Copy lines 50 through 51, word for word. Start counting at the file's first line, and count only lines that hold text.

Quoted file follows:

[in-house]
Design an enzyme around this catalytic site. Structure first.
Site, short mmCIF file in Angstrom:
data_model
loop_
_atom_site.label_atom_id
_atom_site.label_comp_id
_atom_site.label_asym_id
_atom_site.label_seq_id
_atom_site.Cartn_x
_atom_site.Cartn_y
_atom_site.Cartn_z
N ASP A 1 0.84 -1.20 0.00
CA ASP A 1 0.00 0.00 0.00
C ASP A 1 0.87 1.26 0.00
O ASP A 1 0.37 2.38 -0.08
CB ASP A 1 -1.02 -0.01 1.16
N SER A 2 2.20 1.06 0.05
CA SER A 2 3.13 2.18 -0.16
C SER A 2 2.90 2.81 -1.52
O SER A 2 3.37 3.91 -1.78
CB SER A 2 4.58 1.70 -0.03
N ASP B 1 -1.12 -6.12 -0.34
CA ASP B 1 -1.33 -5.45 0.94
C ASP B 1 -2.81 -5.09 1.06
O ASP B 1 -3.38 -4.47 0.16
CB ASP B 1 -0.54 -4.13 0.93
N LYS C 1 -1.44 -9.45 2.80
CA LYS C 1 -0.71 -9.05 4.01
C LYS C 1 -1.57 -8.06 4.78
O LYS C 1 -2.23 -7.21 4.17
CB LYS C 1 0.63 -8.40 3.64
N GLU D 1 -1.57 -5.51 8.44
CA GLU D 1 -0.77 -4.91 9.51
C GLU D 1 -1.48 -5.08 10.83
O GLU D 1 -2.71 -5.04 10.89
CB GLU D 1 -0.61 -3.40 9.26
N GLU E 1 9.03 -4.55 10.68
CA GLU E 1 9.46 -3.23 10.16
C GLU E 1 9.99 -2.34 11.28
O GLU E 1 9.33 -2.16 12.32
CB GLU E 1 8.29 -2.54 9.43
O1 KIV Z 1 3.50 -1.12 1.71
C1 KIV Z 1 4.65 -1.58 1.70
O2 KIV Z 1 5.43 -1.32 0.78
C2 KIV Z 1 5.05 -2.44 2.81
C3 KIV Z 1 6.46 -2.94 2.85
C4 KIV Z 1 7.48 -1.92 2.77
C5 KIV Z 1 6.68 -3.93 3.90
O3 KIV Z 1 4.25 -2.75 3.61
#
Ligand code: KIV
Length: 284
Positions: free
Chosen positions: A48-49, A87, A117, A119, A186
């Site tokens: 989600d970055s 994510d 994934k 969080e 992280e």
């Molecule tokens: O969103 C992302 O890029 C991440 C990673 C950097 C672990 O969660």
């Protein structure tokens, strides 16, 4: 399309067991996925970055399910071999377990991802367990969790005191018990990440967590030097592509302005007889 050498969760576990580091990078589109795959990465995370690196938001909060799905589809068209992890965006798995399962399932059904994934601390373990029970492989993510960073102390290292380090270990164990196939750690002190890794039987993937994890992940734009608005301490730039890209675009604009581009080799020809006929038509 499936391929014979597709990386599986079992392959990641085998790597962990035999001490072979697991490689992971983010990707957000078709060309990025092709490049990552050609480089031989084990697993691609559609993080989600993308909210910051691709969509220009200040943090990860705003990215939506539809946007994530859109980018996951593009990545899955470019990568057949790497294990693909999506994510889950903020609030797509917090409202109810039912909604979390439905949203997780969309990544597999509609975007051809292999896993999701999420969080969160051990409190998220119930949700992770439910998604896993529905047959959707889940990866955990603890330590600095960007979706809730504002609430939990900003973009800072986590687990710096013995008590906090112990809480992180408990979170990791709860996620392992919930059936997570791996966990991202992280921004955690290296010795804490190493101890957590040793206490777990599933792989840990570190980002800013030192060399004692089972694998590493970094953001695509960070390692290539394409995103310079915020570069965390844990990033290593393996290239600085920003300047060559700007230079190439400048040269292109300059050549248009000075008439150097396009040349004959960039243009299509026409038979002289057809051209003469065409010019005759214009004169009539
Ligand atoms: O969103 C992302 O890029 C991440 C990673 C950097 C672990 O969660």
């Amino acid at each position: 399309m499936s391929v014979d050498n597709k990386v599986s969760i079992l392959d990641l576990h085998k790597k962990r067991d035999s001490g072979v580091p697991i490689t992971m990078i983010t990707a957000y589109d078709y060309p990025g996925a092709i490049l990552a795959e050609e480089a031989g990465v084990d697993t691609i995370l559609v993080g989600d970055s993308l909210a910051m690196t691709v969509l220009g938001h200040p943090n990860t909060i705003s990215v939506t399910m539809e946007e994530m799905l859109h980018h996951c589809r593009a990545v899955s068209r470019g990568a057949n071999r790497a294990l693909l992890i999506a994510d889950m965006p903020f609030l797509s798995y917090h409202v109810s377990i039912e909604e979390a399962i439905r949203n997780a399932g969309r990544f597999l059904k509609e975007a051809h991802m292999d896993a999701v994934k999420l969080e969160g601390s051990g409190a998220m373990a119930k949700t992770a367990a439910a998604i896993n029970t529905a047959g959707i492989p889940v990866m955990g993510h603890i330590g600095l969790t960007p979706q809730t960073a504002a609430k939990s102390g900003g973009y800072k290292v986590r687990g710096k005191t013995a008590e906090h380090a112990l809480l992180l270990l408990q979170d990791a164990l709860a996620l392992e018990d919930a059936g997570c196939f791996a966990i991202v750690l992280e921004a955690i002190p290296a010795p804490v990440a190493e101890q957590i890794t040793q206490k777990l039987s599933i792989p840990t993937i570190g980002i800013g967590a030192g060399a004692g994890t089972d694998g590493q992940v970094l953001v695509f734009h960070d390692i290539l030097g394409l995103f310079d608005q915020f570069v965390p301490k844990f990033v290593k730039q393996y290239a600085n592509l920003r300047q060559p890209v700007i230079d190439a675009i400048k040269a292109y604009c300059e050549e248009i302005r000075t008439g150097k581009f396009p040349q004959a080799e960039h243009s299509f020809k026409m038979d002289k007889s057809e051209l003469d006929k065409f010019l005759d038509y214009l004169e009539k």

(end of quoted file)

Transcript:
O3 KIV Z 1 4.25 -2.75 3.61
#